May 29, 2006

Las Vegas real estate prices dampen merger talk

By Paritosh Bansal

NEW YORK (Reuters) - Taking a gamble on Las Vegas is
getting expensive these days.

Several casino companies are looking for ways to enter the
largest U.S. gambling market, but doing so has become too
costly after some pricey deals for Las Vegas properties.

"We were very interested in Las Vegas until the price got
so high," Trump Entertainment Resorts Inc. Chief Executive
James Perry told Reuters in a recent interview. "We don't see
... having an opportunity there in the short term."

Deals such as the buyout of Aztar Corp. by closely held
Columbia Sussex Corp. for more than $1.9 billion and the
acquisition of Hard Rock Hotel & Casino by Morgans Hotel Group
Co. for $770 million sent shivers down the spines of other
companies hoping to enter Las Vegas.

Aztar, which owns 34 acres of land on the Las Vegas Strip,
saw a fierce two-month bidding war that involved as many as
four suitors.

Columbia won. But it could be paying more than $30 million
an acre just for the land, the highest price ever for a parcel
of that size in Las Vegas, according to Deutsche Bank analyst
Marc Falcone.

"The costs are getting to be prohibitive," Penn National
Gaming Inc. Chief Executive Peter Carlino said in a recent

"The numbers are out of control over there," Carlino said,
referring to the Hard Rock deal. "They are paying way too much
for that for our taste."


A limited amount of available real estate on the Strip,
coupled with the ever increasing popularity of the gambling
mecca, is helping boost prices.

"Land is not available in that area," said Peter Dunay,
chief investment strategist at Leeb Group. "So it is very
competitive and very tough."

Things have gotten worse as private companies with deep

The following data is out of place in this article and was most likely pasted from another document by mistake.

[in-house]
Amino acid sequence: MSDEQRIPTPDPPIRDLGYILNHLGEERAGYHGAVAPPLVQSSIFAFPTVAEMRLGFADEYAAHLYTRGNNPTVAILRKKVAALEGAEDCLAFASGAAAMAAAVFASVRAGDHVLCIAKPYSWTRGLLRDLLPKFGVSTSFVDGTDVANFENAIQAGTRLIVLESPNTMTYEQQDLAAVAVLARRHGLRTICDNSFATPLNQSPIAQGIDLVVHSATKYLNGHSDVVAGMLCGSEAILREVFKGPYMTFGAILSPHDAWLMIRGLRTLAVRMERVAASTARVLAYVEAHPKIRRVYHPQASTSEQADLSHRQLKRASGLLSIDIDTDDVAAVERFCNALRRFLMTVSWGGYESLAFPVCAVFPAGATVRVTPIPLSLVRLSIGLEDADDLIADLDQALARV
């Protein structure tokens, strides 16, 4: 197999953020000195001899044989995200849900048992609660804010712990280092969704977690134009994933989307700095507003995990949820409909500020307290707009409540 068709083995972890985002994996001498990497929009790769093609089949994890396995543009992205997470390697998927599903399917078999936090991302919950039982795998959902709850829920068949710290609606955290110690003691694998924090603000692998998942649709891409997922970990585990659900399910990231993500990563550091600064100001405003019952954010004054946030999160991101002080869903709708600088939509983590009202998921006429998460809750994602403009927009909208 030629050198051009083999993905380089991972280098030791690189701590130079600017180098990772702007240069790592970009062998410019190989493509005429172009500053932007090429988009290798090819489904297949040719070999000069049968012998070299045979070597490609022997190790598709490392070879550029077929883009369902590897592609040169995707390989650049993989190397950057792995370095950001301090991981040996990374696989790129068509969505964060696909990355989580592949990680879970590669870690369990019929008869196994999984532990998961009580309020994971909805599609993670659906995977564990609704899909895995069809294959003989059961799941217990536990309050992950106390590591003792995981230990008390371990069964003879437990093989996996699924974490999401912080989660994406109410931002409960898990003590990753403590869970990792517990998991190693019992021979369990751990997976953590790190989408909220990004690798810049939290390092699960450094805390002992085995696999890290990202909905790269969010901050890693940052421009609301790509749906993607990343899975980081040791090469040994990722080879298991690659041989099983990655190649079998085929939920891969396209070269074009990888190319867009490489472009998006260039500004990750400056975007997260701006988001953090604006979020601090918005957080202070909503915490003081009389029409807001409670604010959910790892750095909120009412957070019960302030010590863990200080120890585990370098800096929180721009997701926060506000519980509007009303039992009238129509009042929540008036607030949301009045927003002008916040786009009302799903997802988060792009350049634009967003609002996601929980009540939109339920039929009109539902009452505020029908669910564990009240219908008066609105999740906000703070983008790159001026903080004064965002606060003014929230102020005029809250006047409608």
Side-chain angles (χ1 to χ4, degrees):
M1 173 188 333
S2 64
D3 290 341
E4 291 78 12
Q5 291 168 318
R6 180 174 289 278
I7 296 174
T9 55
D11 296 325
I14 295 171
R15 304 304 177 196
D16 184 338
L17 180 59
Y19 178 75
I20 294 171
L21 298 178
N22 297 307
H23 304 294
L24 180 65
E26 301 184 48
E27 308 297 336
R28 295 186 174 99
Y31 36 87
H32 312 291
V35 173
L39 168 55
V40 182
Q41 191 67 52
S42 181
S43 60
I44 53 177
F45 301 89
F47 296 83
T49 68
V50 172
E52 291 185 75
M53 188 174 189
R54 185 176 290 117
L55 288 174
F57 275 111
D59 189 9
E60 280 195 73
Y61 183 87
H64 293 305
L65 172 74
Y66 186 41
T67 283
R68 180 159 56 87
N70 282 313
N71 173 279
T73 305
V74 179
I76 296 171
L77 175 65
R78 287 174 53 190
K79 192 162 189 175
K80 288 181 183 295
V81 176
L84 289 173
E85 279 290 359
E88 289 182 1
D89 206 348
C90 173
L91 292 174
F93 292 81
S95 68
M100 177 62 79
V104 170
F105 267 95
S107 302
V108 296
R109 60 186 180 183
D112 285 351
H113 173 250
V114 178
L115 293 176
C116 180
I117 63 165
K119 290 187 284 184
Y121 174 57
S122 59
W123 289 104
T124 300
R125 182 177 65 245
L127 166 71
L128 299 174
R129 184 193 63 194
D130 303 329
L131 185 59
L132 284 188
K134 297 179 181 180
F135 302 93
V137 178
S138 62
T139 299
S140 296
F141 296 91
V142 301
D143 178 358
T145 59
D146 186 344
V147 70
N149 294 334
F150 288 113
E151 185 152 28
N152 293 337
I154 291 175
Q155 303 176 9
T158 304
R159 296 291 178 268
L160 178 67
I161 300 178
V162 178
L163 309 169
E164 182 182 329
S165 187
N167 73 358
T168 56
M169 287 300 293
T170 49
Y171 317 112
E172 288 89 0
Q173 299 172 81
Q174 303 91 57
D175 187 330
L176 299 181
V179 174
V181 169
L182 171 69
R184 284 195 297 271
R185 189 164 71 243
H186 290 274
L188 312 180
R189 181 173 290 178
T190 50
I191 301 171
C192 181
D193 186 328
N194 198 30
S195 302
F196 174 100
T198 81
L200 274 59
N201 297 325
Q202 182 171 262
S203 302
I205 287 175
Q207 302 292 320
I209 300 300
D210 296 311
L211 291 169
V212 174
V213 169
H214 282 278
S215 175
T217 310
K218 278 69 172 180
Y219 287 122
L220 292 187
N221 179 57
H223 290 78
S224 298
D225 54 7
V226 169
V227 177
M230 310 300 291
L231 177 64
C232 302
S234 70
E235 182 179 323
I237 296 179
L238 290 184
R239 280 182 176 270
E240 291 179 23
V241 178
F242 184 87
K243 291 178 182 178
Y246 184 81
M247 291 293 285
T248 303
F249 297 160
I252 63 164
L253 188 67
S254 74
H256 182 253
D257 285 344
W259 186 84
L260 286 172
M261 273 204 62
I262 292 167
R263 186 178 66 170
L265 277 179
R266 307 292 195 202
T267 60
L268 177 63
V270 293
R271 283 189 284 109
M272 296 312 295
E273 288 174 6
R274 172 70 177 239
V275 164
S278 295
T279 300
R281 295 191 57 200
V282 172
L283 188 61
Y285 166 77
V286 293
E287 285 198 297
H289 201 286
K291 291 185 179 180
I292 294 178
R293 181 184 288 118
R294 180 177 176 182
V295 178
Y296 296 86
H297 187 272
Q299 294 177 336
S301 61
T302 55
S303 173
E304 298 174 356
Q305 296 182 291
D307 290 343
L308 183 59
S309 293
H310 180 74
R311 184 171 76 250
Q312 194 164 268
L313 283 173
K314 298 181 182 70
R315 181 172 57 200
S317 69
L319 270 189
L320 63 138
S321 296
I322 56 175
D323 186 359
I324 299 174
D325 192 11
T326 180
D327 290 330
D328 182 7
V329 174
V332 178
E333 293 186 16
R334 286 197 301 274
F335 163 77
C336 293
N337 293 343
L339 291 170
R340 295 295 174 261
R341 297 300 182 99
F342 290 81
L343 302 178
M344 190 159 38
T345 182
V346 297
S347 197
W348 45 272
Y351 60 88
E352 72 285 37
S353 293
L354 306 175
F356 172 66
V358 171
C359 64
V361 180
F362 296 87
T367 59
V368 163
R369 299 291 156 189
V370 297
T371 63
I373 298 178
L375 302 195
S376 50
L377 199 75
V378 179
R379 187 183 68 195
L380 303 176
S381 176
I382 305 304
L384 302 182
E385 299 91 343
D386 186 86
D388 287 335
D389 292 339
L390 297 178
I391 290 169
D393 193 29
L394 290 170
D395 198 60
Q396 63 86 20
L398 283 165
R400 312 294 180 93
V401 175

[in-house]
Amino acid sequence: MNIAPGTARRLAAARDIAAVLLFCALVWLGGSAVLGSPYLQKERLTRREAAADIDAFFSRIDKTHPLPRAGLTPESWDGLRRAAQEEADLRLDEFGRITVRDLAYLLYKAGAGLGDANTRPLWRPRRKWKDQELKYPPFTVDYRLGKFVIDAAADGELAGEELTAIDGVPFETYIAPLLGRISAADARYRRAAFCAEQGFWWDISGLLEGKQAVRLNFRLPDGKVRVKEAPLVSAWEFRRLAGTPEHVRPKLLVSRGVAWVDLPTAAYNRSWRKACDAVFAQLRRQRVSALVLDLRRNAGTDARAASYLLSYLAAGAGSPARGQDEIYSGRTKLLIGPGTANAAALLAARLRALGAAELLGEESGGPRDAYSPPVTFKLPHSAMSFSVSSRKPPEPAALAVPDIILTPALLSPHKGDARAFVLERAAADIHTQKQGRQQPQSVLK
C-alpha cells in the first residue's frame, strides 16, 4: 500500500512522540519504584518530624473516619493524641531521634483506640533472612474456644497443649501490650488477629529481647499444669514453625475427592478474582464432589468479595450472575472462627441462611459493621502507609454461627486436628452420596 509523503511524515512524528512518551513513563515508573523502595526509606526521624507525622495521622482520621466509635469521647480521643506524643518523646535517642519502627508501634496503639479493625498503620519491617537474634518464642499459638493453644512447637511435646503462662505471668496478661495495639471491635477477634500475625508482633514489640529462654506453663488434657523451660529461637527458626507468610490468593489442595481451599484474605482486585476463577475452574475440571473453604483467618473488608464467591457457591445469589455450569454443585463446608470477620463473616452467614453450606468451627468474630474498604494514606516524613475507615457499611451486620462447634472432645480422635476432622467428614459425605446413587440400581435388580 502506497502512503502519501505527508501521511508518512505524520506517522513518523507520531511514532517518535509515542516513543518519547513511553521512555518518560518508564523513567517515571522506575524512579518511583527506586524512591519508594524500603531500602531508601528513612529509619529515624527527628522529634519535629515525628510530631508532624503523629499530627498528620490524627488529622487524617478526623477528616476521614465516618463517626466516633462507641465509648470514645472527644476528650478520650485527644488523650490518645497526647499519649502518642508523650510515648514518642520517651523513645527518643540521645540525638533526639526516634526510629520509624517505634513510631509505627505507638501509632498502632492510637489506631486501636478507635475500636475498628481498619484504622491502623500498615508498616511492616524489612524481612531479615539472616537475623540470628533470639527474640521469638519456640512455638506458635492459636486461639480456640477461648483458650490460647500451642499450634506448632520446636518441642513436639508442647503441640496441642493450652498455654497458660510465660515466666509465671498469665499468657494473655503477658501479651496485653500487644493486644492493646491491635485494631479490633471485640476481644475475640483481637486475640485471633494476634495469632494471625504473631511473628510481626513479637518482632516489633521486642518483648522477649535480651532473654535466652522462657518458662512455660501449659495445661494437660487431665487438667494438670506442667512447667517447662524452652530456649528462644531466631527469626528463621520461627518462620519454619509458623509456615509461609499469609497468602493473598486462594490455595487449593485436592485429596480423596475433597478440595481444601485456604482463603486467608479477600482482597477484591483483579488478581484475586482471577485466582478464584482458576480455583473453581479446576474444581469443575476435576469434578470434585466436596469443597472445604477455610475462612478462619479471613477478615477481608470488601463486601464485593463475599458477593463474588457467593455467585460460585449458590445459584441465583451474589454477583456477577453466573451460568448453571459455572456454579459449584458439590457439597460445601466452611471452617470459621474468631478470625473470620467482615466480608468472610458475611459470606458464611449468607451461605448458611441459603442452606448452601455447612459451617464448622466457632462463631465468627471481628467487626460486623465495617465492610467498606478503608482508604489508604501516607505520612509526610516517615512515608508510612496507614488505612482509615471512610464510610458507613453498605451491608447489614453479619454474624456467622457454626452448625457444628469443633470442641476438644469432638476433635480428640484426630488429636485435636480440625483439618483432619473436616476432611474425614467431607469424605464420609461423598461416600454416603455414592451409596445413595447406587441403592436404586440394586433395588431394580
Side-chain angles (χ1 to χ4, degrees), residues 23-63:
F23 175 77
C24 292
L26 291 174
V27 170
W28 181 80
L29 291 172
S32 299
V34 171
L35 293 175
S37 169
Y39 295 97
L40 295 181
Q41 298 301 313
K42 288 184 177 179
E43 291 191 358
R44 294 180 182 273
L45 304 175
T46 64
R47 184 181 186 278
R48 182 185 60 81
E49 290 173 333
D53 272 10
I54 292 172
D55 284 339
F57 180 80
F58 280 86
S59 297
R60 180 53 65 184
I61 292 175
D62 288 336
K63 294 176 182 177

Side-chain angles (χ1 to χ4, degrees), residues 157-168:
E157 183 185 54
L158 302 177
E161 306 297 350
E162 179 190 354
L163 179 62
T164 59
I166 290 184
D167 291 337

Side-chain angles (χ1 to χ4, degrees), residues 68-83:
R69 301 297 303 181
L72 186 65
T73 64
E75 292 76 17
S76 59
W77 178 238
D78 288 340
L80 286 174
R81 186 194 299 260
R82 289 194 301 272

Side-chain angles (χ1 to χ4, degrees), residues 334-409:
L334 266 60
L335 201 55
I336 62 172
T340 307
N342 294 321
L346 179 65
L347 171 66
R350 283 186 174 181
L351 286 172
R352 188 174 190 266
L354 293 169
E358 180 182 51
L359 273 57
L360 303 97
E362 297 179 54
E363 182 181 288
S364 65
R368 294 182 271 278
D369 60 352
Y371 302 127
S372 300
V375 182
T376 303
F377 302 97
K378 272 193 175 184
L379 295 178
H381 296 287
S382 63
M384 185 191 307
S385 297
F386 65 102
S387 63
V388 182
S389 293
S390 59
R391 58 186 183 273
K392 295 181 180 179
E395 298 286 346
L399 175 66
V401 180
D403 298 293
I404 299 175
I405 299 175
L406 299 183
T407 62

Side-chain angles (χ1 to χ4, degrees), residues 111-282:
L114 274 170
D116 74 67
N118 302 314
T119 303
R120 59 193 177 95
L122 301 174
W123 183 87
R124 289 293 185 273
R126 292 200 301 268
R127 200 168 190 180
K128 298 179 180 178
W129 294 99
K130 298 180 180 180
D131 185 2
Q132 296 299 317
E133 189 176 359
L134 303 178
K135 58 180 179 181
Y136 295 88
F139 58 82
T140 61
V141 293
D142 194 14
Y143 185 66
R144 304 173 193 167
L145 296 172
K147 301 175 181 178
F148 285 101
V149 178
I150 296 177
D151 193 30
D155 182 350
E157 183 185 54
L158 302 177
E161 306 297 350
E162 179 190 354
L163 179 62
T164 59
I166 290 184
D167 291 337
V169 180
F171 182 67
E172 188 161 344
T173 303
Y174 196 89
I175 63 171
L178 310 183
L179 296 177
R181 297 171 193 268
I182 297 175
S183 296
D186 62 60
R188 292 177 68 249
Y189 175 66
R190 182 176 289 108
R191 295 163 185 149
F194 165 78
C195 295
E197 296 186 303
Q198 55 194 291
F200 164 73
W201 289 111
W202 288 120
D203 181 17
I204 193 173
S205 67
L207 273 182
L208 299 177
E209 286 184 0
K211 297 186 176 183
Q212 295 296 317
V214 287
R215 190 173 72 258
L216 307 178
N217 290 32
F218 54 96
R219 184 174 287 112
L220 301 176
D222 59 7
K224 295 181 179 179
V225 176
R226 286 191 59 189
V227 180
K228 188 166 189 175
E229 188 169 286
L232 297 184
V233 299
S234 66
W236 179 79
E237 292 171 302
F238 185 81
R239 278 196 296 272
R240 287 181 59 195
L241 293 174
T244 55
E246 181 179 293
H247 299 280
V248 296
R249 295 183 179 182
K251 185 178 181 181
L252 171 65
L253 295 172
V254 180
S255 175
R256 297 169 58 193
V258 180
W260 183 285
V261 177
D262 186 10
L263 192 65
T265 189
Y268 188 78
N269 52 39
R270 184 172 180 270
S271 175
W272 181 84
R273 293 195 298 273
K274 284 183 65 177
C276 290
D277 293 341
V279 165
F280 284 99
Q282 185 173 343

pockets turn to the gaming industry, which offers stable cash
flows and high returns.

"There's a lot of money around right now ... looking for a
place to land, and gaming seems to be one of the places they
want to go," Perry said.

When shareholders in companies that own casinos in Las
Vegas see other deals, they too want more.

Last month, when casino operator Riviera Holdings Corp.
agreed to go private in a $211.5 million buyout, one large
shareholder opposed the deal, saying it undervalued the
company's land on the Las Vegas Strip.

But there is a limit to how much public companies are
willing to pay for a piece of the action.

Pinnacle Entertainment Inc., which started the bidding war
over Aztar with an initial offer of $38 per share, bowed out of
the contest when Columbia bid $54 per share. Ameristar Casinos
Inc., another bidder, quit when offers started pushing $50 per


Still, the lure of Las Vegas is too powerful for companies
to completely ignore.

The city offers a stable regulatory environment and its
fame as an entertainment destination is so widespread that it
affects competition even in regional markets, Calyon Securities
analyst Smedes Rose said.

Harrah's Entertainment Inc., the world's largest gaming
operator by revenue, promotes its casinos in smaller markets
through offers such as discounts at its Las Vegas properties --
a competitive edge that companies such as Pinnacle want.

Having a casino in Las Vegas also boosts the value of a
company's brand, Dunay said. "It's a prestige thing to say that
I own a casino on the Strip."

Pinnacle, Trump and Penn National all continue to look for
ways to get into Las Vegas.

Trump's Perry said he would be open to talking with Morgans
Hotel, which would like a partner to run the casino, as well as
any other opportunity that may arise.

Penn's Carlino said his company would also continue to look
for a point of entry, such as a joint venture.

But he added, "That's going to be tough."